Why does everyone say organic food isn’t as toxic as conventional?

For many years, it was simply assumed that organic, botanically-derived pesticides wouldn’t cause any harm to the human body—the whole “natural is healthy” mantra. In fact, organic pesticides weren’t even the subject of toxicology studies until fairly recently; only synthetic pesticides were examined for their damaging and carcinogenic effects. Once the research spotlight fell on organic chemicals, their own dangers became apparent—but due to pervading myths and pressure from the highly lucrative organic niche, this information hasn’t received the attention it deserves.

In other words…

Don’t freak out if you can’t afford a completely organic diet. Although organic foods do seem to taste better much of the time and are often grown in better soils (which is the reason for the better taste), you aren’t dooming yourself to a toxic overload if you eat some—or even entirely—conventionally grown food. And when it comes to nutritional content of your fruits and veggies, organic-versus-conventional matters less thanfreshness—the total transit time from the tree or bush to your dinner plate. Spinach, for instance, loses half of its folate within a week of being picked. Yikes, right?

Bye-bye, toxins

Whether your purchases are organic or conventional, you can remove some lingering pesticide residue with a homemade or store-bought produce wash. Try spritzing your fruits and veggies with a mixture of 90% water and 10% food-grade hydrogen peroxide, then scrub those puppies clean with a sponge or vegetable scrubber. Alternatively, you can use a spray made from a mixture of water (1 cup), baking soda (2 tablespoons), vinegar (1 cup), and grapefruit seed extract (20 drops)—or even double the recipe, pour it into a pot, and let your food sit in it for a few minutes before washing it off thoroughly with warm water. If you can find a chemical-free fruit and veggie wash containing grapefruit seed extract at the store, that can do the job as well.

Be aware, though, that as soon as you wash any produce in this manner, it won’t store for very long before going bad—so wait until you’re ready to eat your fruits and veggies before giving them the de-pesticiding treatment.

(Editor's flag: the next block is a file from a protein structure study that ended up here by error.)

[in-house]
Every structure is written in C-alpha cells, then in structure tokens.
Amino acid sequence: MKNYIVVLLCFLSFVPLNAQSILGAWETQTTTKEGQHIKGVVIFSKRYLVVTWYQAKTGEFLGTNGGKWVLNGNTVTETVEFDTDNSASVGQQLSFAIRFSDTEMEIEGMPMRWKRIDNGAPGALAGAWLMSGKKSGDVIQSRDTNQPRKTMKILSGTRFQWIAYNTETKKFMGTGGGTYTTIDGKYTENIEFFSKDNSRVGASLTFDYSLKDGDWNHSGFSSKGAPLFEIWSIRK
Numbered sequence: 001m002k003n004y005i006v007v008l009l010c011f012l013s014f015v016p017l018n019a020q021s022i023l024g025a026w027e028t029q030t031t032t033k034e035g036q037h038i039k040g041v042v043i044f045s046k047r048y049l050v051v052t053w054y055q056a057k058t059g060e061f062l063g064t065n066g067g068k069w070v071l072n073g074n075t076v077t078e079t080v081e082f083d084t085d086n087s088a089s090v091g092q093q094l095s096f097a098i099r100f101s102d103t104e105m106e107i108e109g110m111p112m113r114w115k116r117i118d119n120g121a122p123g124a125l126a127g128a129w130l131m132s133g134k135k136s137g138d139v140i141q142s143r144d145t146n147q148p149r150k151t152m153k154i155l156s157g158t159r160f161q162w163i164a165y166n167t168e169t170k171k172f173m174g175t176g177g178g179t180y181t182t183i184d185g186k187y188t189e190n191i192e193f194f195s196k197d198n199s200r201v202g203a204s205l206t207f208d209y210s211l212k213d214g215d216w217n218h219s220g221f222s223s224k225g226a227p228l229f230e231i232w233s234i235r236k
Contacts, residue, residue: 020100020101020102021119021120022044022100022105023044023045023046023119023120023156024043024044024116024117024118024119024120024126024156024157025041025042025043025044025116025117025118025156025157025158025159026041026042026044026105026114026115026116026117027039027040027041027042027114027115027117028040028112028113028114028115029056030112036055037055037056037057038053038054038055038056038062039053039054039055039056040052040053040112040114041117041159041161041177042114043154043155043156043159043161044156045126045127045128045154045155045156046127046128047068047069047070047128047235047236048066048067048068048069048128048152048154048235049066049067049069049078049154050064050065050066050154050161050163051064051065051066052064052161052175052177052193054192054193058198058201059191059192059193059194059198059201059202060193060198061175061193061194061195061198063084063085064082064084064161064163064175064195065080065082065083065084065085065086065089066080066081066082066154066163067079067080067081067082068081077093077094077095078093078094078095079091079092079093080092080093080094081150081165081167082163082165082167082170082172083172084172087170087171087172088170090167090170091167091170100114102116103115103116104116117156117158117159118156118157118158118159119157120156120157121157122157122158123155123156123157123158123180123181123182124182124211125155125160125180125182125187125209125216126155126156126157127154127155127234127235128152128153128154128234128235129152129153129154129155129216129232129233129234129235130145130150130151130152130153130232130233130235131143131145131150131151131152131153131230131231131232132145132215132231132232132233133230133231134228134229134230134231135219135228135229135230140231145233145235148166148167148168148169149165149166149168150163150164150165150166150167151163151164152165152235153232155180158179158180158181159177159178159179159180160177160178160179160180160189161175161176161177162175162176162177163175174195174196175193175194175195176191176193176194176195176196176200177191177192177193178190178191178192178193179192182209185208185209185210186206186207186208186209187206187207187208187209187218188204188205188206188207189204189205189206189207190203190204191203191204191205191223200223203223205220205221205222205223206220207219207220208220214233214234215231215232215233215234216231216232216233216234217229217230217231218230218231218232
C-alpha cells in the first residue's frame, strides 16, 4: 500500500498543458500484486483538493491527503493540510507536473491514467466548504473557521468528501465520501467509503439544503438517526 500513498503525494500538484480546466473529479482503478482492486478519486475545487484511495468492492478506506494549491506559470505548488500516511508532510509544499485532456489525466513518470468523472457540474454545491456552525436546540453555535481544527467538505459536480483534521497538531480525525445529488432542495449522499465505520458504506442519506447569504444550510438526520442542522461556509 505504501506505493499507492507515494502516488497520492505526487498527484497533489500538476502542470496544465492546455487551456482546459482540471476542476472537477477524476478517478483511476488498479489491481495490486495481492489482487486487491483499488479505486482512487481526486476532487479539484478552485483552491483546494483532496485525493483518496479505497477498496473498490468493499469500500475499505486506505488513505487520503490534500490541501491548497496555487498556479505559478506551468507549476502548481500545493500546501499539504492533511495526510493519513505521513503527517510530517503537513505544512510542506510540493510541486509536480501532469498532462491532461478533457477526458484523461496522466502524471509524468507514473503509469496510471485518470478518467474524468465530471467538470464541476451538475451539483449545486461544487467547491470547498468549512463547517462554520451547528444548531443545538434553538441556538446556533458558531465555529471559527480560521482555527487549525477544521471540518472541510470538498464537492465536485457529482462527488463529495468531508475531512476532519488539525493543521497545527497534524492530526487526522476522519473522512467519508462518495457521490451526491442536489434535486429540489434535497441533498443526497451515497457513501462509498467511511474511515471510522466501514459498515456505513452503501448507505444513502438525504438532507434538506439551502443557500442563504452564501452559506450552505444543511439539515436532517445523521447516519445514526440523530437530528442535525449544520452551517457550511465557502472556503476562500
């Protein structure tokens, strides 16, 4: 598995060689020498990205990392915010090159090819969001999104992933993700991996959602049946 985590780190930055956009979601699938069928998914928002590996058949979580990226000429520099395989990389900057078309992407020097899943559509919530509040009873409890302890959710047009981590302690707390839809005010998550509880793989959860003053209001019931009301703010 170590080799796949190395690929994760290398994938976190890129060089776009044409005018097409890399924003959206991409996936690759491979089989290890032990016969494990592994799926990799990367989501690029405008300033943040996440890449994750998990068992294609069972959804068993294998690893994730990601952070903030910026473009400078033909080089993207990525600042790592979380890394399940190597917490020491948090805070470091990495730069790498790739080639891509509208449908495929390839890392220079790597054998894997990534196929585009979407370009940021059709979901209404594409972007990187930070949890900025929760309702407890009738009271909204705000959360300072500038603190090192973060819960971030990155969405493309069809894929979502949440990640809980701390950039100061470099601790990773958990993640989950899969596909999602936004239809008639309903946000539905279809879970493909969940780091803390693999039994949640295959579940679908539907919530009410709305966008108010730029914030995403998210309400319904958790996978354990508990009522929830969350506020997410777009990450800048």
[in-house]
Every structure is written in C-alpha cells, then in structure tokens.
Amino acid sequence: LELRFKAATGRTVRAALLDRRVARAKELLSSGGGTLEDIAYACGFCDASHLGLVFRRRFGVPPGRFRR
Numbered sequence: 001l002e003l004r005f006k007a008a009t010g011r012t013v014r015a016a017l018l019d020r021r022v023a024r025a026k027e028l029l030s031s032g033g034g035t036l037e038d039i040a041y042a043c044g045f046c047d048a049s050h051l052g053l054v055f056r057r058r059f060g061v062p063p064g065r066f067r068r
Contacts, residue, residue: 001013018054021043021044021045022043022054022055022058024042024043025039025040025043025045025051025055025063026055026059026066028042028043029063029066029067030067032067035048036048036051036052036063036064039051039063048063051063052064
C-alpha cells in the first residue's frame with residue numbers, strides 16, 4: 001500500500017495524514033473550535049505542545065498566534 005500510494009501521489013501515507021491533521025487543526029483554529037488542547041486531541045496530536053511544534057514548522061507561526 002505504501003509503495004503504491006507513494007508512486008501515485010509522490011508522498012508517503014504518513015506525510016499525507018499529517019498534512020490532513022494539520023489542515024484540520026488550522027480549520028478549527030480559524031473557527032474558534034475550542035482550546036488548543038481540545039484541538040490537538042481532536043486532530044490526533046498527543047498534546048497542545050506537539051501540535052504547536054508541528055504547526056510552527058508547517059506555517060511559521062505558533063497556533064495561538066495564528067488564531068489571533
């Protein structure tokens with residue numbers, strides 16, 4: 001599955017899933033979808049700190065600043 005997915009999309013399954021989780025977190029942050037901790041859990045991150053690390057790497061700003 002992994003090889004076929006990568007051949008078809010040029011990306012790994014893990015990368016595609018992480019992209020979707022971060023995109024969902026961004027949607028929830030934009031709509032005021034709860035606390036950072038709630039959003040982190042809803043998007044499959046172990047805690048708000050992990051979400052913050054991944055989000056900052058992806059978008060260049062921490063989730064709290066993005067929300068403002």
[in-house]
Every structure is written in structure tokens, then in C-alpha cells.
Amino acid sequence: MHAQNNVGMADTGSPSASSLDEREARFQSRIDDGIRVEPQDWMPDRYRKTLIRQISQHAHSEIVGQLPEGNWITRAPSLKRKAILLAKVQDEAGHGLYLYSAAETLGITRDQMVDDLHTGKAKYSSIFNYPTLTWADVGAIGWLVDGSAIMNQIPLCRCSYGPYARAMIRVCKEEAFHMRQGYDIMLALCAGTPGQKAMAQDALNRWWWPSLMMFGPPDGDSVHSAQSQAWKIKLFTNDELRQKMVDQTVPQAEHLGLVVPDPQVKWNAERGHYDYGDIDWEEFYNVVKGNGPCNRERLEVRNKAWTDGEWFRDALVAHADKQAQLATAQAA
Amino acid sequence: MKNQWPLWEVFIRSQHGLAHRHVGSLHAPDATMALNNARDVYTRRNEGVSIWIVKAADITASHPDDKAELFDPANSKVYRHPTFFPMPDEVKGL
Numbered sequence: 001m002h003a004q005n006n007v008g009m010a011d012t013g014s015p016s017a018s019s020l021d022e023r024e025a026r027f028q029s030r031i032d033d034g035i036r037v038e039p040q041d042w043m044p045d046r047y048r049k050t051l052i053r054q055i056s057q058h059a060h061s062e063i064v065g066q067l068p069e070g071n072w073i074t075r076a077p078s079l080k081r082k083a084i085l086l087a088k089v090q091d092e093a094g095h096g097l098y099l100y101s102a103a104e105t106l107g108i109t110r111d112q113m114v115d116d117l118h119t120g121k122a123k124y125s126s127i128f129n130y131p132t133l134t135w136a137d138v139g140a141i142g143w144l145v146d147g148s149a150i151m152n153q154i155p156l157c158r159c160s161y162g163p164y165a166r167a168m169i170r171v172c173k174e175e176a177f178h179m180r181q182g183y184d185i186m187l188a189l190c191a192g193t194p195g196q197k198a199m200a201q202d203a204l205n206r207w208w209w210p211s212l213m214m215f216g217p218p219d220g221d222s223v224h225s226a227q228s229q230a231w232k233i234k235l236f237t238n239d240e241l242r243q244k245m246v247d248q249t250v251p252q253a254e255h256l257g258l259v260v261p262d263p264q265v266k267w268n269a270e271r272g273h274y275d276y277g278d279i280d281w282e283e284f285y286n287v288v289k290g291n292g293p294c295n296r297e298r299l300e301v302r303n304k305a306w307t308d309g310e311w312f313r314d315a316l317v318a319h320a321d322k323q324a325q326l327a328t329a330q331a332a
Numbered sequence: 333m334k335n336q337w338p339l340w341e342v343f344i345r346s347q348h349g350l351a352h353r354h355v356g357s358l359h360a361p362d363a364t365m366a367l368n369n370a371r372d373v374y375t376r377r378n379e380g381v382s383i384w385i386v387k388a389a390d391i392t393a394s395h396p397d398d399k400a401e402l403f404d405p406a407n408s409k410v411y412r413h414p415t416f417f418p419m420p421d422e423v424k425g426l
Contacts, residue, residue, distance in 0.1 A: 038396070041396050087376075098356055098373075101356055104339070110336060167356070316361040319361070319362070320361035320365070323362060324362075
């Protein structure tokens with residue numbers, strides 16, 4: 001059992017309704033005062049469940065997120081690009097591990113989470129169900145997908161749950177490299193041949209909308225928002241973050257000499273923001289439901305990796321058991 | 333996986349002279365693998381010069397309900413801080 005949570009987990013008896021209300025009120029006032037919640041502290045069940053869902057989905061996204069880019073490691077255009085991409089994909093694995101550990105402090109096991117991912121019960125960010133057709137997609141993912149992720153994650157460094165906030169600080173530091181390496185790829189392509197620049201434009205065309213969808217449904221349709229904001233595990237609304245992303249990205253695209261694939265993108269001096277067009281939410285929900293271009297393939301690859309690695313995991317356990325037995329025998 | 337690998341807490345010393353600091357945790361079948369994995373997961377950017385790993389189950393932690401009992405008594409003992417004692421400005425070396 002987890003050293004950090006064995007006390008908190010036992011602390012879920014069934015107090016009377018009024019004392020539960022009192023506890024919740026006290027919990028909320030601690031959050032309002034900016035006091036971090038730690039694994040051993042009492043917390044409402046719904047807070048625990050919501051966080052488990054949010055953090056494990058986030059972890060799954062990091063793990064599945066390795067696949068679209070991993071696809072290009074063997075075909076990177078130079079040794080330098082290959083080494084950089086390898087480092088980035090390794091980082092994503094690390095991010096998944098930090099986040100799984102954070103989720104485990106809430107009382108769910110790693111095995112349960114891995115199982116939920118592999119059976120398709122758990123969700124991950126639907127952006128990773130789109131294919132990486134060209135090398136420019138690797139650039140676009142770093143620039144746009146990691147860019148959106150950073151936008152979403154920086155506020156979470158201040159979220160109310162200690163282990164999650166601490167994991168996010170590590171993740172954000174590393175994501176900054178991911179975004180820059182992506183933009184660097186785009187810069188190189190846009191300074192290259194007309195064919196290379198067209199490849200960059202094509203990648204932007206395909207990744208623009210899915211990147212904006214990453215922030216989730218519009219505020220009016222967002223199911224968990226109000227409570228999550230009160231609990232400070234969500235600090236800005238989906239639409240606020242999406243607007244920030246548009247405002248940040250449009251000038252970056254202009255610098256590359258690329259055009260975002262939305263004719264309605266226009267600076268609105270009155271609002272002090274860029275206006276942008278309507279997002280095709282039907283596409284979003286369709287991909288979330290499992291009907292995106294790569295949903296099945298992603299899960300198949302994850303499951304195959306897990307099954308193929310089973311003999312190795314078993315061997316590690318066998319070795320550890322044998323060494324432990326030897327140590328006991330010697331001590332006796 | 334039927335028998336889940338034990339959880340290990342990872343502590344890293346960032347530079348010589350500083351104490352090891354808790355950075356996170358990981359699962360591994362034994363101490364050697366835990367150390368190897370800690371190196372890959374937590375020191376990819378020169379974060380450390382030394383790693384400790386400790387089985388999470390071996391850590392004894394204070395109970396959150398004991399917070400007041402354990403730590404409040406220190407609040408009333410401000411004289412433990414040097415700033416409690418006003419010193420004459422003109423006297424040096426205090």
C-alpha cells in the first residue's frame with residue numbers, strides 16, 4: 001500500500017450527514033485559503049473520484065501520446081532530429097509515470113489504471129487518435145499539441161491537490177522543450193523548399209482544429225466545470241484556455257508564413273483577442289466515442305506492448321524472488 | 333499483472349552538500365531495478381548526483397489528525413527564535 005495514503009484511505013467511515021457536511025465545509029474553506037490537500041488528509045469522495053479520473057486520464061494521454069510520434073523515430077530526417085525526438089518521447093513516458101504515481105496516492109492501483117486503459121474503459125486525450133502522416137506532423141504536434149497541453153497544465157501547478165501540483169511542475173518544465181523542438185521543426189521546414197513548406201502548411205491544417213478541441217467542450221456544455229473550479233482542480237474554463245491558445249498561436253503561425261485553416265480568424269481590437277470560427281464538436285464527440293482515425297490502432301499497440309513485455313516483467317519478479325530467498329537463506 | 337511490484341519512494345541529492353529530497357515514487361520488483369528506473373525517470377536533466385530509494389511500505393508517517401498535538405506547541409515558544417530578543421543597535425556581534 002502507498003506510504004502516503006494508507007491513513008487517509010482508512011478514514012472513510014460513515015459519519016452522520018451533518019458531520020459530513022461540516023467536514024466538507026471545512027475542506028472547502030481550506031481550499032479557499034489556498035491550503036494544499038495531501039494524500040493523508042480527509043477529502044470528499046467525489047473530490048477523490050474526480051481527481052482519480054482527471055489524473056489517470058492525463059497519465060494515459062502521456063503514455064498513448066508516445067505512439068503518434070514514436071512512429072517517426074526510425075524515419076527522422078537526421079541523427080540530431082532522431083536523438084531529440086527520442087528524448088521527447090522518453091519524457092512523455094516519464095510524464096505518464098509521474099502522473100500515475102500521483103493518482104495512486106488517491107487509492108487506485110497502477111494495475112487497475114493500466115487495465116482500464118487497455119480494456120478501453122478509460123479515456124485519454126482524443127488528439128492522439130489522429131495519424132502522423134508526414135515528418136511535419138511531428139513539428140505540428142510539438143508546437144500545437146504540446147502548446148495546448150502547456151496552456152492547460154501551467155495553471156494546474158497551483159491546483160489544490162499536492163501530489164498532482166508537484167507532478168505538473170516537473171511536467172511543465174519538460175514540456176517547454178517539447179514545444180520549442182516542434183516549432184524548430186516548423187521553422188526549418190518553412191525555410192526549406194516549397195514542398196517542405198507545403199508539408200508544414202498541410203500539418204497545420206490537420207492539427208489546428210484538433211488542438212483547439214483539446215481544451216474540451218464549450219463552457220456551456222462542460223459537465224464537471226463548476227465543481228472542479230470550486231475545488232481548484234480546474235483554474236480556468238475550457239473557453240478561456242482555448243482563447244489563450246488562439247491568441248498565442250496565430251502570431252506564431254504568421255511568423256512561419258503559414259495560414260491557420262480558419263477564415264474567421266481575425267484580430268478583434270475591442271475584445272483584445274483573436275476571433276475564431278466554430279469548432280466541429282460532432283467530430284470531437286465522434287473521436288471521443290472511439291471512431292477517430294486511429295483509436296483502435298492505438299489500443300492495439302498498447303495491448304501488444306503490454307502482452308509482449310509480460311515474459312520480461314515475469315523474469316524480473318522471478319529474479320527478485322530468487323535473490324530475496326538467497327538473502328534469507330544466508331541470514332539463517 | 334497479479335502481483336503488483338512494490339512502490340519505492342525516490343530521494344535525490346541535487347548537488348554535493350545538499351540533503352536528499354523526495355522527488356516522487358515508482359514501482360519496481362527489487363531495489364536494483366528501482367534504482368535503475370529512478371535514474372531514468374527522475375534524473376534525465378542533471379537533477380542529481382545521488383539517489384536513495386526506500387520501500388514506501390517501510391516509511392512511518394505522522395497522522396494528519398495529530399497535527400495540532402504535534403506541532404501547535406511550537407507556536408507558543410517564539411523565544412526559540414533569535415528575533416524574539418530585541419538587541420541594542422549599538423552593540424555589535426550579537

What’s safest to eat?

Some foods generally require less pesticides and fungicides than others, whether grown conventionally or organically, simply because pests don’t attack them much. The absolute safest raw foods to eat, in terms of low pesticide residue, are…

(Drum roll please)
• Asparagus
• Avocados
• Bananas
• Blueberries
• Broccoli
• Cabbage
• Corn (fresh/raw)
• Kiwi
• Mangoes
• Onions
• Papaya
• Pineapple
• Sweet peas
• Sweet potatoes
• Watermelon

Some other not-so-bad choices include:
• Cauliflower
• Grapefruit
• Honeydew melons
• Plums
• Raspberries
• Tangerines
• Tomatoes

And on the flip side, the most pesticide-laden raw foods include:
• Apples
• Bell peppers
• Carrots
• Celery
• Cherries
• Nectarines
• Peaches
• Pears
• Strawberries

Note: you don’t need to completely give up the foods on the last list (I’m definitely never bidding farewell to my beloved strawberries), but it’d be wise not to center your diet on them—unless you have a source of truly pesticide-free varieties.

Additional tips
Get to know your source. If you shop at a co-ops or farmers’ market, you’ll be able to track down specific farms fairly easily—meaning you can contact your food source directly and inquire about their pesticide and fungicide use.

Grow your own and forage. Whenever possible, take your food production into your own hands: pick wild edibles, grow herbs or greens on your windowsill, plant strawberries in your garden—whatever your climate and living situation allows.

A 100% chemical-free diet might not always be practical or possible, but with proper planning, we can choose our produce wisely to minimize the damage.

andrewt • September 3, 2013